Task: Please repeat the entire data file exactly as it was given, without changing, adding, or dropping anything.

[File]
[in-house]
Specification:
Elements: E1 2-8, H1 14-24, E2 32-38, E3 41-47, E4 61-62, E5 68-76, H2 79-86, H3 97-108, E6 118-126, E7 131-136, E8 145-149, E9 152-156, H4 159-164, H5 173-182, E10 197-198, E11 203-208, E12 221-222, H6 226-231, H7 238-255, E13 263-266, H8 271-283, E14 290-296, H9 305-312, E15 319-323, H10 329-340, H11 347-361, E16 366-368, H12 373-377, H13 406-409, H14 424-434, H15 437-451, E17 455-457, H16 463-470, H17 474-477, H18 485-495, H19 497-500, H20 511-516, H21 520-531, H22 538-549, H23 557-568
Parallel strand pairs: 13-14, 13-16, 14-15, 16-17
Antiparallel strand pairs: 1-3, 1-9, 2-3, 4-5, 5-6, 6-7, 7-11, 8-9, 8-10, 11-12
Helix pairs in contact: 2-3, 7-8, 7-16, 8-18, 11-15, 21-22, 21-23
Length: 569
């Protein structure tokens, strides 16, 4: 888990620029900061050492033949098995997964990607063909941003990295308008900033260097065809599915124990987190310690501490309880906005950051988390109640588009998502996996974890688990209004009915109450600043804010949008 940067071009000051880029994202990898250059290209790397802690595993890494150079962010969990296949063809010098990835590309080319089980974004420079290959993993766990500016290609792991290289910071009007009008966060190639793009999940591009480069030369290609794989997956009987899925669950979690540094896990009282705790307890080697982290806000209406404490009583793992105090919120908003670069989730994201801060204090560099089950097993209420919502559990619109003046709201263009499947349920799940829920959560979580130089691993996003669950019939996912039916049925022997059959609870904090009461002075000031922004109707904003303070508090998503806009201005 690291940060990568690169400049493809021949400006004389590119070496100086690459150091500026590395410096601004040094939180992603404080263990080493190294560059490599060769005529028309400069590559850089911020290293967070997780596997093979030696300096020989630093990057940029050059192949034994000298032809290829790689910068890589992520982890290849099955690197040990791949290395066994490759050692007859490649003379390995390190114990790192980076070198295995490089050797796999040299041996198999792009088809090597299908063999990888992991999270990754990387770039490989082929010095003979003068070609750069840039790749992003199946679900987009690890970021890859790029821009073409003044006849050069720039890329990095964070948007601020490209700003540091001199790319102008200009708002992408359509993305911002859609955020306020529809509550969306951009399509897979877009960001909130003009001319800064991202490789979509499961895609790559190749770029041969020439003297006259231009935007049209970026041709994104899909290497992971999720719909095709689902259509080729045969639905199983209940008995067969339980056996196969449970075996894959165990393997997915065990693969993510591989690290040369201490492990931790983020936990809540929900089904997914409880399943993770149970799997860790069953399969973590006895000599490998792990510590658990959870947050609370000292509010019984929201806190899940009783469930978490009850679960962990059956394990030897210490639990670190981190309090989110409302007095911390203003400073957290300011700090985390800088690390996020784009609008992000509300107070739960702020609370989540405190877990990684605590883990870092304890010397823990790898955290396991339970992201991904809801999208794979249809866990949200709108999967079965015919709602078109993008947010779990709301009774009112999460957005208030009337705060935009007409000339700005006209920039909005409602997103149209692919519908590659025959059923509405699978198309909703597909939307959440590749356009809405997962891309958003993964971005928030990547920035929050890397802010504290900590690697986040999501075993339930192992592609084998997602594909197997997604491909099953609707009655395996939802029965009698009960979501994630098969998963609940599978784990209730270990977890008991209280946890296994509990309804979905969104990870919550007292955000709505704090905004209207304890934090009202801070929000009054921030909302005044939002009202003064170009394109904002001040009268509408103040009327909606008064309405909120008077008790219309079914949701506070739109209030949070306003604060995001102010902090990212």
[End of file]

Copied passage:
[in-house]
Specification:
Elements: E1 2-8, H1 14-24, E2 32-38, E3 41-47, E4 61-62, E5 68-76, H2 79-86, H3 97-108, E6 118-126, E7 131-136, E8 145-149, E9 152-156, H4 159-164, H5 173-182, E10 197-198, E11 203-208, E12 221-222, H6 226-231, H7 238-255, E13 263-266, H8 271-283, E14 290-296, H9 305-312, E15 319-323, H10 329-340, H11 347-361, E16 366-368, H12 373-377, H13 406-409, H14 424-434, H15 437-451, E17 455-457, H16 463-470, H17 474-477, H18 485-495, H19 497-500, H20 511-516, H21 520-531, H22 538-549, H23 557-568
Parallel strand pairs: 13-14, 13-16, 14-15, 16-17
Antiparallel strand pairs: 1-3, 1-9, 2-3, 4-5, 5-6, 6-7, 7-11, 8-9, 8-10, 11-12
Helix pairs in contact: 2-3, 7-8, 7-16, 8-18, 11-15, 21-22, 21-23
Length: 569
């Protein structure tokens, strides 16, 4: 888990620029900061050492033949098995997964990607063909941003990295308008900033260097065809599915124990987190310690501490309880906005950051988390109640588009998502996996974890688990209004009915109450600043804010949008 940067071009000051880029994202990898250059290209790397802690595993890494150079962010969990296949063809010098990835590309080319089980974004420079290959993993766990500016290609792991290289910071009007009008966060190639793009999940591009480069030369290609794989997956009987899925669950979690540094896990009282705790307890080697982290806000209406404490009583793992105090919120908003670069989730994201801060204090560099089950097993209420919502559990619109003046709201263009499947349920799940829920959560979580130089691993996003669950019939996912039916049925022997059959609870904090009461002075000031922004109707904003303070508090998503806009201005 690291940060990568690169400049493809021949400006004389590119070496100086690459150091500026590395410096601004040094939180992603404080263990080493190294560059490599060769005529028309400069590559850089911020290293967070997780596997093979030696300096020989630093990057940029050059192949034994000298032809290829790689910068890589992520982890290849099955690197040990791949290395066994490759050692007859490649003379390995390190114990790192980076070198295995490089050797796999040299041996198999792009088809090597299908063999990888992991999270990754990387770039490989082929010095003979003068070609750069840039790749992003199946679900987009690890970021890859790029821009073409003044006849050069720039890329990095964070948007601020490209700003540091001199790319102008200009708002992408359509993305911002859609955020306020529809509550969306951009399509897979877009960001909130003009001319800064991202490789979509499961895609790559190749770029041969020439003297006259231009935007049209970026041709994104899909290497992971999720719909095709689902259509080729045969639905199983209940008995067969339980056996196969449970075996894959165990393997997915065990693969993510591989690290040369201490492990931790983020936990809540929900089904997914409880399943993770149970799997860790069953399969973590006895000599490998792990510590658990959870947050609370000292509010019984929201806190899940009783469930978490009850679960962990059956394990030897210490639990670190981190309090989110409302007095911390203003400073957290300011700090985390800088690390996020784009609008992000509300107070739960702020609370989540405190877990990684605590883990870092304890010397823990790898955290396991339970992201991904809801999208794979249809866990949200709108999967079965015919709602078109993008947010779990709301009774009112999460957005208030009337705060935009007409000339700005006209920039909005409602997103149209692919519908590659025959059923509405699978198309909703597909939307959440590749356009809405997962891309958003993964971005928030990547920035929050890397802010504290900590690697986040999501075993339930192992592609084998997602594909197997997604491909099953609707009655395996939802029965009698009960979501994630098969998963609940599978784990209730270990977890008991209280946890296994509990309804979905969104990870919550007292955000709505704090905004209207304890934090009202801070929000009054921030909302005044939002009202003064170009394109904002001040009268509408103040009327909606008064309405909120008077008790219309079914949701506070739109209030949070306003604060995001102010902090990212």